There is an ongoing debate about when you should stop nursing your baby. As a pediatric dentist and a hopeful mother-to-be, my goal is to support mommies through this beautiful bonding period by providing the information needed to maintain their baby’s dental health and prevent the development of early childhood caries.
Some vital background information to know- Early childhood caries (ECC), also known as baby bottle tooth decay, is a disease characterized by severe decay in the teeth of infants or young children. Frequent bottle feeding or nursing at night and extended and repetitive use of a no-spill training cup are associated with ECC. Children experiencing caries as infants or toddlers have a much greater probability of subsequent caries in primary and permanent teeth.
What is important to understand is that nursing can continue after your baby begins teething; It just now needs to be done with some minor modifications.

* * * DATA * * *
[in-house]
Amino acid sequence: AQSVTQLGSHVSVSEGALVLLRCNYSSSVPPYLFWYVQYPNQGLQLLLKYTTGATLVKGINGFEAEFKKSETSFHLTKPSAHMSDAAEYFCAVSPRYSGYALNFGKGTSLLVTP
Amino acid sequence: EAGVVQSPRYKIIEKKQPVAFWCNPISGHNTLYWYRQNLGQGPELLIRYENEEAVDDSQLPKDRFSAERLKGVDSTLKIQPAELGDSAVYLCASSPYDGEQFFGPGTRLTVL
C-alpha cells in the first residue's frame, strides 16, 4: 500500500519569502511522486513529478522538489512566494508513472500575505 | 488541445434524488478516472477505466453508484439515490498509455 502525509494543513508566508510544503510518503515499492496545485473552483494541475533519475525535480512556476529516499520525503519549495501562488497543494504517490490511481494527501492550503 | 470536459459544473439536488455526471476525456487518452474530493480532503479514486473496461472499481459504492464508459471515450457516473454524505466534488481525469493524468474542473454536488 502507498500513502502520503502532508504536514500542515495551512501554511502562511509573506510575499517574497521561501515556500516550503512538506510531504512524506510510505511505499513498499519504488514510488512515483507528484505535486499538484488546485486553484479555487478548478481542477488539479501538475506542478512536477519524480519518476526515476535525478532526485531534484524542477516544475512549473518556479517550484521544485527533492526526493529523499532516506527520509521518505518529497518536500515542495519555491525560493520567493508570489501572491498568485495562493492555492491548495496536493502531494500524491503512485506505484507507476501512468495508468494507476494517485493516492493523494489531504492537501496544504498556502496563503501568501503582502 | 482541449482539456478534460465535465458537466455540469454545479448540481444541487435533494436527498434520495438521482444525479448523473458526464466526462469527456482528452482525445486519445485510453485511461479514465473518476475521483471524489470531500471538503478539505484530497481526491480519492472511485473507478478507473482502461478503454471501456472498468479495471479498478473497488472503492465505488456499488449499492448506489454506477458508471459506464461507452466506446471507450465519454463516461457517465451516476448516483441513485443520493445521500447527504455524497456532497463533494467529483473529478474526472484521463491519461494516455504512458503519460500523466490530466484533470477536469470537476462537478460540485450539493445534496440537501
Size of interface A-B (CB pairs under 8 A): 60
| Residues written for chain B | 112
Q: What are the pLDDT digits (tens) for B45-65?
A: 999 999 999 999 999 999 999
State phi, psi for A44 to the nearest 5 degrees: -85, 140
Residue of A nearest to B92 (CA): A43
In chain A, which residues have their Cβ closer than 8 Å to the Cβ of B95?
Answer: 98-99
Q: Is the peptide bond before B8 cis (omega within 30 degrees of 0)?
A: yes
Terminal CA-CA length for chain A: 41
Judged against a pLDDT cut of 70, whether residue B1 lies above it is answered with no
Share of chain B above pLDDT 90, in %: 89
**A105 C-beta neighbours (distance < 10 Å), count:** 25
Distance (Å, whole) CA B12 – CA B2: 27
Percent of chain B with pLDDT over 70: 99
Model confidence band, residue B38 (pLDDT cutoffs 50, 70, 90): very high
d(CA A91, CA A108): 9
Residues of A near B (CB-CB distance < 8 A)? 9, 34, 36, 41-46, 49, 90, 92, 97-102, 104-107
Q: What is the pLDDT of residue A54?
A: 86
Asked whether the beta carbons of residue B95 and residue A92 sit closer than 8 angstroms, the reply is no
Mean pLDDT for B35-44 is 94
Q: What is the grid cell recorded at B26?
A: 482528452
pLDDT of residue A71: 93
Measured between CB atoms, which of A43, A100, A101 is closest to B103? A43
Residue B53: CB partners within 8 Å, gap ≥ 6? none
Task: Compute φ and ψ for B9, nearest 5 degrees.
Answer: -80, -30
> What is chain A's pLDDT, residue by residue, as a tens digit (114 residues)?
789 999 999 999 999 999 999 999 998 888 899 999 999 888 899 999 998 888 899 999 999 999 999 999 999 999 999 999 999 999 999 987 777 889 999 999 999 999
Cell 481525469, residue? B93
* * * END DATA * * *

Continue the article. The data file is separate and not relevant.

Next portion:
If your baby has one or more teeth I would recommend starting brushing. Use a soft-bristled, baby toothbrush with a half pea size amount of non-fluoride toothpaste. This oral hygiene regimen should be done twice daily and more frequently if you are nursing or bottle-feeding your baby repeatedly through the night. Brushing after each nighttime feeding will make the difference in whether your baby will develop early childhood caries.